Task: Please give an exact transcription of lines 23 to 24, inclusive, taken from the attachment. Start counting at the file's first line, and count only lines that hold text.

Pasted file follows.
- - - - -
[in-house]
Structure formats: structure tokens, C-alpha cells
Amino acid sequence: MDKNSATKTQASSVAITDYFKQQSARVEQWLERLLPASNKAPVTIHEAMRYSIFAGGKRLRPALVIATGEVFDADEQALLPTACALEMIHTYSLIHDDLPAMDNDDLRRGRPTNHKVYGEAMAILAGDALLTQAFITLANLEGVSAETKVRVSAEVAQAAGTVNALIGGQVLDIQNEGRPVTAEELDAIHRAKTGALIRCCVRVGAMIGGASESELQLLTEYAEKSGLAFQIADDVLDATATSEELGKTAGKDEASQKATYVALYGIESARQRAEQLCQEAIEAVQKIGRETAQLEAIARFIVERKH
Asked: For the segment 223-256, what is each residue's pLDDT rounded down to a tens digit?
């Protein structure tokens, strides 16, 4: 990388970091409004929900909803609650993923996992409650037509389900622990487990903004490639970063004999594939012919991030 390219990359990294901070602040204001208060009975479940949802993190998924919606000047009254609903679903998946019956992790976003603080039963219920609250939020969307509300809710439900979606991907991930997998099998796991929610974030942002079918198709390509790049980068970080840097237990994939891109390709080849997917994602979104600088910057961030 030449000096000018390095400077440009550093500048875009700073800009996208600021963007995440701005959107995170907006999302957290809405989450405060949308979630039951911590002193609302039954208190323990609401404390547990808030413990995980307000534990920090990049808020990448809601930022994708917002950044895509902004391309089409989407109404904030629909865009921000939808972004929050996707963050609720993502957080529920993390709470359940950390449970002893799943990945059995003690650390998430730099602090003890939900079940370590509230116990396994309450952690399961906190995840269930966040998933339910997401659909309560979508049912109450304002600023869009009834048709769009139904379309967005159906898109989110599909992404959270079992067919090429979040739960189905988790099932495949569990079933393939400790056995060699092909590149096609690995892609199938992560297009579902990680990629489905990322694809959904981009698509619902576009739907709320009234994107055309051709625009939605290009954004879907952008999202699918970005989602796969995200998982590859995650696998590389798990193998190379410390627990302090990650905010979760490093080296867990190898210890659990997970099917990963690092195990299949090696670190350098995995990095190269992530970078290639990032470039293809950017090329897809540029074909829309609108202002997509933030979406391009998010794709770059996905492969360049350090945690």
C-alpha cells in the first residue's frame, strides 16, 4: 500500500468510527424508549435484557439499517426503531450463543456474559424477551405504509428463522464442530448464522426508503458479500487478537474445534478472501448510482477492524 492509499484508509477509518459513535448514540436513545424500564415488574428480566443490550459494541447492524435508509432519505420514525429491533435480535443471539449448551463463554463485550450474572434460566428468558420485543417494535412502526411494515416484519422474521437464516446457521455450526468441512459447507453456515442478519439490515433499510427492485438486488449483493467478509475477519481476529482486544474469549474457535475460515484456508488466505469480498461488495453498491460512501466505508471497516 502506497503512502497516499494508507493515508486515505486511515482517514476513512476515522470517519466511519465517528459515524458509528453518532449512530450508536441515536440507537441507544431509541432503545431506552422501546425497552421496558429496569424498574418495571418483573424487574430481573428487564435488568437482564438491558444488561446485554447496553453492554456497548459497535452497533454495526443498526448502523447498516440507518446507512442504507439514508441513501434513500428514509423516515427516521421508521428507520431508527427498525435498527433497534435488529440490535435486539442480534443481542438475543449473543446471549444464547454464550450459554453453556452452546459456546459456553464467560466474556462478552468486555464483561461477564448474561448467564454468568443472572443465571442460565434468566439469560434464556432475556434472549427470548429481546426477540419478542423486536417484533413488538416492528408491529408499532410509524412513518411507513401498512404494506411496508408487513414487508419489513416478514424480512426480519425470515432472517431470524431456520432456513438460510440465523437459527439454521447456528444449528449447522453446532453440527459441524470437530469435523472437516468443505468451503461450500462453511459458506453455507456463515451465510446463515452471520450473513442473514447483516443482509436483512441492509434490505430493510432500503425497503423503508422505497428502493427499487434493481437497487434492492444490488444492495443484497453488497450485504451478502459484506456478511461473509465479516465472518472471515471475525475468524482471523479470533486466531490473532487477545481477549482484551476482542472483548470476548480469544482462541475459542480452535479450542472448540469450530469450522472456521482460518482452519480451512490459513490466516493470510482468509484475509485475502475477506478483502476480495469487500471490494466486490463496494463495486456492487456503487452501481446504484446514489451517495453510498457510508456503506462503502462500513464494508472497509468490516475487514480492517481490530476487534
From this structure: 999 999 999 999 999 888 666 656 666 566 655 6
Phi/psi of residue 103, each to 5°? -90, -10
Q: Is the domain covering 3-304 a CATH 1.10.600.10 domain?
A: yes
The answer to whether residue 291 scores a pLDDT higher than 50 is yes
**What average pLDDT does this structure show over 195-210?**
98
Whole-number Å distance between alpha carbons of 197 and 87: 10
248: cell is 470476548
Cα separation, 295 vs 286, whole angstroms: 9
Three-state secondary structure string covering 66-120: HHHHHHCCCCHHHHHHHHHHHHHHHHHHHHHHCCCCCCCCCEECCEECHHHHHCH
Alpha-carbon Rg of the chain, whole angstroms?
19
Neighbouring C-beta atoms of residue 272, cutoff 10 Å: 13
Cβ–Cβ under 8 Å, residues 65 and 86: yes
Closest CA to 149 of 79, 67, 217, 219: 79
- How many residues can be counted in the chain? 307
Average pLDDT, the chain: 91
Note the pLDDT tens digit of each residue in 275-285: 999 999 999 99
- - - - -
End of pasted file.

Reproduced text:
- How many residues can be counted in the chain? 307
Average pLDDT, the chain: 91